An upper storey was added to the house during the second half of the 19th century. The house is furnished to reflect the interior of a typical middle-class Stellenbosch home during the period 1840 – 1880, more-or-less the time it was occupied by Bergh and his family. Heavy mahogany furniture in the prevailing English taste was very fashionable at the time and the Victorian penchant for clutter often made it difficult to move about in the drawing room. Wallpaper and family portraits are further indications of how sombre interior decoration was at the time – particularly after the Great Exhibition in 1851.[citation needed] The garden is laid out in the style of the period with roses and other shrubs that were popular during the mid-19th century.

V.O.C. Kruithuis (powder magazine)[edit]

Powder Magazine

In the turbulent last quarter of the eighteenth century, the Governor and the Political Council at Cape Town came to the conclusion that it was desirable to store ammunition at Stellenbosch. Stellenbosch was also allowed cannon and guns, and the gunpowder and ammunition necessary to ward off an enemy attack, and a suitable building for storing this material had to be constructed. The consent of the governing council of the Dutch East India Company (V.O.C.) in the Netherlands was duly applied for and received, and authority was given to build the arsenal or magazine. On 7 October 1776, the Landdrost called for tenders for erection of the building. That of Philip Hartog and Lambert Fick for 9000 guilders was accepted and on 5 May 1777, the building was completed.[10]

Stellenbosch has always been a peaceful town and not once during its 300 years of existence have guns been fired as an act of war. The V.O.C. Kruithuis therefore soon lost its strategic military value and in less than seventy years became the site of the local Friday market. After serving as a market house for almost a century, it was restored by the Stellenbosch Municipality in 1936. The building was proclaimed a National Monument (now a provincial heritage site[11]) on 10 May 1940, and in 1943, was opened to the public as a small Africana Museum.The museum did not exist for very long, and there were many years during which the building remained locked and inaccessible to the public. In 1971, the municipality agreed to allow the Stellenbosch Museum to take over the building for display of its collection of fire-arms, cannon, military uniforms, and other objects.

The V.O.C. Kruithuis is unique in South Africa as it is the only remaining powder magazine in the country dating from the days of the Dutch East India Company, and it is a symbol of the town's rich and varied architectural heritage.[12]


The Stellenbosch Museum has published the following books:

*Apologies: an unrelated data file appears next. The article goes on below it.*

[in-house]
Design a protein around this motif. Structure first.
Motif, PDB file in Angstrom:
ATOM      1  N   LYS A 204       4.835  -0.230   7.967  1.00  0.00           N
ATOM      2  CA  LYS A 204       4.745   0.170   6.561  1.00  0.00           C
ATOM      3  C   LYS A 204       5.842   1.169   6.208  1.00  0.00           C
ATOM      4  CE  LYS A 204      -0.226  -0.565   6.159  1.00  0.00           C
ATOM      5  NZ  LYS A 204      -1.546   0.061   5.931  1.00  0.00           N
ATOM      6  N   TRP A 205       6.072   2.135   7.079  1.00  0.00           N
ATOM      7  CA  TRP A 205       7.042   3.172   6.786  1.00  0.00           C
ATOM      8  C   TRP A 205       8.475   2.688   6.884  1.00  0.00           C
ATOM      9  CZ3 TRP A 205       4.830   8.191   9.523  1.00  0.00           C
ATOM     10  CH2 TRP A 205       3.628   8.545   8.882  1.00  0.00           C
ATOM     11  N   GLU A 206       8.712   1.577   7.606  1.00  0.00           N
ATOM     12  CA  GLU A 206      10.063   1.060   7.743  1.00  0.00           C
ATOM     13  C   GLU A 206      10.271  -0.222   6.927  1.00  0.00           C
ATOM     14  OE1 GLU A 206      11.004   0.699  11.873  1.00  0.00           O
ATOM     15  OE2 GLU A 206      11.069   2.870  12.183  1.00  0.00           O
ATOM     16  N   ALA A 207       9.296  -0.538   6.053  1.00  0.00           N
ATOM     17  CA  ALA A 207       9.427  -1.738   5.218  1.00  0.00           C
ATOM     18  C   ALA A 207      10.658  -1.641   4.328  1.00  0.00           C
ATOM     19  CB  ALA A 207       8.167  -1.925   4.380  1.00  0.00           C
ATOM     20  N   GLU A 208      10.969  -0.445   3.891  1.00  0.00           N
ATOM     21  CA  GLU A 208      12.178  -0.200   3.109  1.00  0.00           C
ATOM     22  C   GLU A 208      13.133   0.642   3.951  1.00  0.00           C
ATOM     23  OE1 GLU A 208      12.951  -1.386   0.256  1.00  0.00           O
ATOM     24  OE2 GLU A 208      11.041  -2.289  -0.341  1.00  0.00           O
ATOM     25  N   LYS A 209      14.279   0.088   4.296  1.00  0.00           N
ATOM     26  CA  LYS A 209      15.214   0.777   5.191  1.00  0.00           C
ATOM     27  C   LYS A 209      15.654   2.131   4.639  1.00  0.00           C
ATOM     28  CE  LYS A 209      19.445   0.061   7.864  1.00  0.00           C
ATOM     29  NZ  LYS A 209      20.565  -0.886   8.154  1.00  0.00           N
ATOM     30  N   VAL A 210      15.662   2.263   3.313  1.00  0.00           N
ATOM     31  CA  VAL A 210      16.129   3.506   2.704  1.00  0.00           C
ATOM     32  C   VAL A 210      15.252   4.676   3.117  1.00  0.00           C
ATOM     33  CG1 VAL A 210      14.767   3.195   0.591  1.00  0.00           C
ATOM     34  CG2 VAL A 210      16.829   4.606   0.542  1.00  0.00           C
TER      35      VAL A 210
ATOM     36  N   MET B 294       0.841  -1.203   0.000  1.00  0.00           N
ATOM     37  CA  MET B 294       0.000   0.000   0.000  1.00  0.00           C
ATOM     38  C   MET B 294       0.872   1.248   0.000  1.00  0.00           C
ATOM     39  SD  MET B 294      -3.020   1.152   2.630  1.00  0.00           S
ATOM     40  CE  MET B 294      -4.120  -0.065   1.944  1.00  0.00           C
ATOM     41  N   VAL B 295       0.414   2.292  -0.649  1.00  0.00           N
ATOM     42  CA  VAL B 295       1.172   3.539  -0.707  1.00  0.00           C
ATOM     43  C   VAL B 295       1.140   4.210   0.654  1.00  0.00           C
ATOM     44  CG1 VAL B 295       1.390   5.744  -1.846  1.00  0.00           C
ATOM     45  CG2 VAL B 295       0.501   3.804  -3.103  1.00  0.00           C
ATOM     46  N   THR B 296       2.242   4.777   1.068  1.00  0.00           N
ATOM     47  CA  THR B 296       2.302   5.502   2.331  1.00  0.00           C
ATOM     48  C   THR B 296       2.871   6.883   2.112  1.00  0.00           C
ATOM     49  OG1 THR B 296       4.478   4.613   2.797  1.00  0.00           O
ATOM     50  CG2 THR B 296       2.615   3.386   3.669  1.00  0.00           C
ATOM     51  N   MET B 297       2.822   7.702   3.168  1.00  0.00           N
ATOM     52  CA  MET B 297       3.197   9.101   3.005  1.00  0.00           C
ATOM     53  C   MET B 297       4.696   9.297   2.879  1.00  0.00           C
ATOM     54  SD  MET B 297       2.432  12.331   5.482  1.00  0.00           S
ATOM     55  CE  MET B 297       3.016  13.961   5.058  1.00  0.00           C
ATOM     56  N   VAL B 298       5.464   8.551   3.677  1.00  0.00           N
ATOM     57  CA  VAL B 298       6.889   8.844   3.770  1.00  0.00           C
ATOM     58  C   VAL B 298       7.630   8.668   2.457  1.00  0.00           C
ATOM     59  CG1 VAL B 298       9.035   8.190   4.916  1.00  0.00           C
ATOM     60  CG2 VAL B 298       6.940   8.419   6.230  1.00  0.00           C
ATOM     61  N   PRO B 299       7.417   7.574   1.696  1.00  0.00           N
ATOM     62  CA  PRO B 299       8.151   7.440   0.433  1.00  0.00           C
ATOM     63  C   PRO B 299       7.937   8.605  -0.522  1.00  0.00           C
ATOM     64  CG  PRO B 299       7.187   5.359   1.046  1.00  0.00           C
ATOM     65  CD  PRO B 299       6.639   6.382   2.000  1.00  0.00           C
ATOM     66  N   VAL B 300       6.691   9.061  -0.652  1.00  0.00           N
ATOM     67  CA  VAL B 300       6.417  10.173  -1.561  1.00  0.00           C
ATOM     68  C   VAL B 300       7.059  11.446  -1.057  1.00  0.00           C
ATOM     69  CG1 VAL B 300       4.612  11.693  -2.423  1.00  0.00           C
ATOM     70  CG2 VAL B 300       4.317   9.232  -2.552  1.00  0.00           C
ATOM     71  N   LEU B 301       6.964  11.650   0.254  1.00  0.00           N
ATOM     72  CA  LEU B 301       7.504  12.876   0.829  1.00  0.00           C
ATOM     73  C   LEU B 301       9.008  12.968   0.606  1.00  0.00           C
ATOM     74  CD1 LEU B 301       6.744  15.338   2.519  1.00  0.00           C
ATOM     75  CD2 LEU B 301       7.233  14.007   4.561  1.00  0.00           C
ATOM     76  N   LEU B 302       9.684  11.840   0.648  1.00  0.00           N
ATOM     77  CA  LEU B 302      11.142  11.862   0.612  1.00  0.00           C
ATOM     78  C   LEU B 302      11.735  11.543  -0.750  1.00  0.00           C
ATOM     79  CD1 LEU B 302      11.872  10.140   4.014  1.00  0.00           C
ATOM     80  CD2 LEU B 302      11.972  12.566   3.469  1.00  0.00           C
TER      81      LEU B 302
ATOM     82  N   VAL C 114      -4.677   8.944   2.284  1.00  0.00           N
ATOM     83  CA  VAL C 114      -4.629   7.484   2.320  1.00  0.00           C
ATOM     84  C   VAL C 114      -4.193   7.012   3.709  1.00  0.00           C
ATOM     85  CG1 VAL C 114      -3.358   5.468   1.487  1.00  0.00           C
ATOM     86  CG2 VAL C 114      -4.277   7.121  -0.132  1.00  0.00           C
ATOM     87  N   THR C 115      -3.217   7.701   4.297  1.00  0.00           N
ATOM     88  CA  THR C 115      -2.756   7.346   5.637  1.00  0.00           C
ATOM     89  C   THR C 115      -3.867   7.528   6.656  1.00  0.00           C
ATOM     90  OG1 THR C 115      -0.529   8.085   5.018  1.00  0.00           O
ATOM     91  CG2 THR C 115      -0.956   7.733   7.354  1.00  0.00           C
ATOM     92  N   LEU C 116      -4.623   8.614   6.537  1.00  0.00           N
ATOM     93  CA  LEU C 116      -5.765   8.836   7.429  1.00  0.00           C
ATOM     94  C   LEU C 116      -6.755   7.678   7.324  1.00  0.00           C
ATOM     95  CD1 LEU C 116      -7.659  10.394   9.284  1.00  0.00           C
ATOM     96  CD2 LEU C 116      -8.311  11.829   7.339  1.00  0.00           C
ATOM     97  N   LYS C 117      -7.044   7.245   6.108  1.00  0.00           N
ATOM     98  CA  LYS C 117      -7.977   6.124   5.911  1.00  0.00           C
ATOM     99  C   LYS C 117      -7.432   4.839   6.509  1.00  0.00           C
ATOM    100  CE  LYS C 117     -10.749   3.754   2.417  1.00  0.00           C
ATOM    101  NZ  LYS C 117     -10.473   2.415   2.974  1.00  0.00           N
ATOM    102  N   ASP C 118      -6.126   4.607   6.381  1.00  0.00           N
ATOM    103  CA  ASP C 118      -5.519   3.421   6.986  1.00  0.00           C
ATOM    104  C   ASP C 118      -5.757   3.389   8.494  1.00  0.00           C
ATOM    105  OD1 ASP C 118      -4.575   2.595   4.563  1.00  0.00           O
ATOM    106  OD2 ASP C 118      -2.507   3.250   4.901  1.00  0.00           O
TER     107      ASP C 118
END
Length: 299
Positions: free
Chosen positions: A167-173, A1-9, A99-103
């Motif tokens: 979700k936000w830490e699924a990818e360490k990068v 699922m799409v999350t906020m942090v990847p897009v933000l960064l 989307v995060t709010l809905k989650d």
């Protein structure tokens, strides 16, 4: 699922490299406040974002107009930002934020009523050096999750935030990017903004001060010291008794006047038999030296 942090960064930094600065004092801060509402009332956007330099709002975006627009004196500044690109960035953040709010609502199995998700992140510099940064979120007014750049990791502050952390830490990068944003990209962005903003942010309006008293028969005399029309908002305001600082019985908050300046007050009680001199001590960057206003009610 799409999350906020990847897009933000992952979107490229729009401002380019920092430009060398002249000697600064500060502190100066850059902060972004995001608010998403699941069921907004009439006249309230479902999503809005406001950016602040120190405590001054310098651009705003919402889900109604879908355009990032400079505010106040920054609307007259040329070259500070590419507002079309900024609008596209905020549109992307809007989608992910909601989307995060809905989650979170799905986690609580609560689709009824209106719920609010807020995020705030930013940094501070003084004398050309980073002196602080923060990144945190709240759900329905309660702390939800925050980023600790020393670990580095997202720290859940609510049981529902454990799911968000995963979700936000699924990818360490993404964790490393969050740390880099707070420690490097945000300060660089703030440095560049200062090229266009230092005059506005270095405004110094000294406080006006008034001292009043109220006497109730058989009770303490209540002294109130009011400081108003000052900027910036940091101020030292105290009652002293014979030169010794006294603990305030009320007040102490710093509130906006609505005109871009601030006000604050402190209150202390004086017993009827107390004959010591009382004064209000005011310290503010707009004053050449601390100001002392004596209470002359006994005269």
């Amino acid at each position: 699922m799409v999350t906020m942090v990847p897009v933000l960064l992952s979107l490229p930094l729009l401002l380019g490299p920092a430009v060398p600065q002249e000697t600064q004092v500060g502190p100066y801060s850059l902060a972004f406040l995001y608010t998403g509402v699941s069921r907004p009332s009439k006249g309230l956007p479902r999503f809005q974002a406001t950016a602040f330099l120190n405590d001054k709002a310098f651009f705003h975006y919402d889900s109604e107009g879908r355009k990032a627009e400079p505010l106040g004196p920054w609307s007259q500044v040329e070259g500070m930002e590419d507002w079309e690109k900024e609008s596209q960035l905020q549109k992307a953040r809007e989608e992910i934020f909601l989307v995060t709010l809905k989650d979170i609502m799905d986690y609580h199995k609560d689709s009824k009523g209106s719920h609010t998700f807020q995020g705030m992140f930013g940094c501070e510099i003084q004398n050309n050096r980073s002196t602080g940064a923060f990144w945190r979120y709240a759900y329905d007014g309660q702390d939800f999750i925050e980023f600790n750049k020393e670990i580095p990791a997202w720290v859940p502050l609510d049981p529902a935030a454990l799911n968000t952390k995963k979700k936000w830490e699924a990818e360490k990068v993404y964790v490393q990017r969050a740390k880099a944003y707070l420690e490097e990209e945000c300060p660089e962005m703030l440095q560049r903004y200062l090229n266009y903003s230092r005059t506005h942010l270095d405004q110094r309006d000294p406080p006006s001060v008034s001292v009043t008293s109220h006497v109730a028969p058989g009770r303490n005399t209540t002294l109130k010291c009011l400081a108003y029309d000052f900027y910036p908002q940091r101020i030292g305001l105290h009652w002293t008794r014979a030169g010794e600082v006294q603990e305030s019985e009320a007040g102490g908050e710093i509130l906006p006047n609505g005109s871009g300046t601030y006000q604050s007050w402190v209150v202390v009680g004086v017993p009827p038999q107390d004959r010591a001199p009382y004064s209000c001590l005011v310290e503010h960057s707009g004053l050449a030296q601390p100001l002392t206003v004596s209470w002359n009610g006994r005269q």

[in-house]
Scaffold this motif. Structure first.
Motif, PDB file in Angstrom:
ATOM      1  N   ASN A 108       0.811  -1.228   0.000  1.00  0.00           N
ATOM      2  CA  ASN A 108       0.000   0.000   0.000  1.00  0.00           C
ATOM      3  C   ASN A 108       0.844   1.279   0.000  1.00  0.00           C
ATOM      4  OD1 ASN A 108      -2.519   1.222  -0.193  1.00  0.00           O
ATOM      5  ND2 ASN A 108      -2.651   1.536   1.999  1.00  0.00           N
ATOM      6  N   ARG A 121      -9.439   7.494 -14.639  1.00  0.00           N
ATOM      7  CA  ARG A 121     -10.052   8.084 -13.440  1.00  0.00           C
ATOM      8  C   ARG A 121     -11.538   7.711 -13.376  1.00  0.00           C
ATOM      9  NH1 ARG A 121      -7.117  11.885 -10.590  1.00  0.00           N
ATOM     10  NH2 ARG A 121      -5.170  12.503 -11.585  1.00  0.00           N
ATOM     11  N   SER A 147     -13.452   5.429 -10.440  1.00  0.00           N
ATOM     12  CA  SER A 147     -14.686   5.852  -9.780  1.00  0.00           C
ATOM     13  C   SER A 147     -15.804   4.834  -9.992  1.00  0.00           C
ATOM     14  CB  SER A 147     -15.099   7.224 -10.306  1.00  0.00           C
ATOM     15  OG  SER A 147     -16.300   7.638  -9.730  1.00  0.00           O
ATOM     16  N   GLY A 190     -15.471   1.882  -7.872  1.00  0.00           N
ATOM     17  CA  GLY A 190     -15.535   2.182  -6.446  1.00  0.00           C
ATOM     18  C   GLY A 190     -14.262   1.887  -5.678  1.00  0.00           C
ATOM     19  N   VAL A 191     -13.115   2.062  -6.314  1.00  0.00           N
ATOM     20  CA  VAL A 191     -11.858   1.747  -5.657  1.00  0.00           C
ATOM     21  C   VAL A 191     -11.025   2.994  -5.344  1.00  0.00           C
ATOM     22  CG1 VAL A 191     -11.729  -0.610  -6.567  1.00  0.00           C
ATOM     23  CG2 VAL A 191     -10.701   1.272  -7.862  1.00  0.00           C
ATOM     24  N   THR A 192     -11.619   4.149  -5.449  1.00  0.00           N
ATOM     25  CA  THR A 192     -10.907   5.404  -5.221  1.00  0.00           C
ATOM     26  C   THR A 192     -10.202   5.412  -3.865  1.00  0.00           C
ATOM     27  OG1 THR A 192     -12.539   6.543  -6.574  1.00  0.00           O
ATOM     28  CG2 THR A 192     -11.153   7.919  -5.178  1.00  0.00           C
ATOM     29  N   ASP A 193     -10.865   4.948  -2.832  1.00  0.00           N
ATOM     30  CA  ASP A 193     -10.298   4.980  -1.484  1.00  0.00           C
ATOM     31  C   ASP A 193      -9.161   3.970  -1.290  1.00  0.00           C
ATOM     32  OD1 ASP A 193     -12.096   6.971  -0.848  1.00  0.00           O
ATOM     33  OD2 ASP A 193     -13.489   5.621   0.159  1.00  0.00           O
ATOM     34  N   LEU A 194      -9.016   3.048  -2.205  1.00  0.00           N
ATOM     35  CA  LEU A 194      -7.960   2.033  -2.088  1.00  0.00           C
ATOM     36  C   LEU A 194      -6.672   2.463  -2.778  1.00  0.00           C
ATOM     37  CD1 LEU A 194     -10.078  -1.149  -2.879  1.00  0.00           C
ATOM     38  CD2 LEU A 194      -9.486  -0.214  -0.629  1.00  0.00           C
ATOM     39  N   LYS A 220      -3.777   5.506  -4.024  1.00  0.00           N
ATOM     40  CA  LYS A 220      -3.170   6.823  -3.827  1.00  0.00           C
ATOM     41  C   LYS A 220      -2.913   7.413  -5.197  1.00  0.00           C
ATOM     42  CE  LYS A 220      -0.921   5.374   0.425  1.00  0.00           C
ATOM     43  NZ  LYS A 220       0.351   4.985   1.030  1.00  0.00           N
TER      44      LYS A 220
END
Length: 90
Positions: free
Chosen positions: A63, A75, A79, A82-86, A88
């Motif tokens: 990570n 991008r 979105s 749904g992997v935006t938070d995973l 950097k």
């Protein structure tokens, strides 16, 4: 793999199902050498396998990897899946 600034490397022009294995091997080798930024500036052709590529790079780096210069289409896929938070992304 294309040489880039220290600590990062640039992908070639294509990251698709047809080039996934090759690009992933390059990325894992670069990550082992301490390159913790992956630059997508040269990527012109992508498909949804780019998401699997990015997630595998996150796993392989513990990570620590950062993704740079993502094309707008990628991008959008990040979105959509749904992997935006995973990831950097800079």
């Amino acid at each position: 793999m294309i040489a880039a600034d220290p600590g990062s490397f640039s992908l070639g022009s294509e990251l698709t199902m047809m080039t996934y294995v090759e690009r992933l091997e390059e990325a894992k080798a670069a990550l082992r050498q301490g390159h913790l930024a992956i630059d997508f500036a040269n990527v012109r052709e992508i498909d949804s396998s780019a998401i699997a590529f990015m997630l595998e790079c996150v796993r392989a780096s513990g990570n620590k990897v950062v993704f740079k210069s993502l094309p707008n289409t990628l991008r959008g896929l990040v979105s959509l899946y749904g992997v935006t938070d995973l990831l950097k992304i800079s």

• Fransen, Hans (1970). Cape chair: the illustrated edition of the catalogue of an exhibition held in the Stellenbosch Museum in April 1969. Stellenbosch Museum.
  • Cook, Mary Alexander (1973). The Cape Kitchen. Stellenbosch Museum.
  • Berkowitz, Barry (1976). The Cape Gunsmith. Stellenbosch Museum.
  • Le Roux, Marius (1982). The Cape Copper Smith. Stellenbosch Museum.
  • Obholzer, A.M.; Baraitser, M.; Malherbe, W. D. (1985). The Cape House and its Interior. Stellenbosch Museum.
  • Walton, James (1985). Cape Dovecots and Fowl-Runs. Stellenbosch Museum.
  • Malherbe, Fana; Malherbe, Wilma (1999). H.A.J.B. Hammerschmidt: Medical Practitioner in Stellenbosch 1858-1860. Stellenbosch Museum.

See also[edit]


  1. ^ Coetzee 1976, p. 29.
  2. ^ Meiring, Hannes; Huyssteen, Ters Van (1993). Footloose in Stellenbosch: a visitor's guide. Tafelberg Publishers. ISBN 978-0-624-03210-6.
  3. ^ "9/2/084/0027 – Schreuder House, 10 Ryneveld Street, Stellenbosch". South African Heritage Resources Agency. Retrieved 1 October 2013.
  4. ^ Fransen, Hans; Cook, Mary Alexander (2004). A Guide to the Old Buildings of the Cape: A Survey of Extant Architecture from Before C1910 in the Area of Cape Town-Calvinia-Colesberg-Uitenhage. Jonathan Ball Publishers. ISBN 978-1-86842-191-6.
  5. ^ Fransen H, Stellenbosch Drie Eeue
  6. ^ "9/2/084/0050 – Bletterman House, Plein Street, Stellenbosch". South African Heritage Resources Agency. Retrieved 1 October 2013.
  7. ^ Coetzee 1976, p. 128.
  8. ^ "9/2/084/0051 – Grosvenor House, Drostdy Street, Stellenbosch". South African Heritage Resources Agency. Retrieved 1 October 2013.
  9. ^ "9/2/084/0106 – Bergh House, 11 Drostdy Street, Stellenbosch". South African Heritage Resources Agency. Retrieved 16 September 2013.
  10. ^ Coetzee 1976, p. 16.
  11. ^ "9/2/084/0063 – Powder Magazine, Blom Street, Stellenbosch". South African Heritage Resources Agency. Retrieved 1 October 2013.
  12. ^ Stellenbosch Museum


  • Coetzee, Cora (1976). Eikestad: 'n Versameling gekleurde pentekeninge van Stellenbosch [A collection of pen and wash drawings of Stellenbosch]. Cape Town: Struik.
  • Bouman, A. C.; Franken, J. L. M.; Plessis, J. du (1929). Stellenbosch 1679-1929. Dorpsraad van Stellenbosch / Hortors Beperk.

External links[edit]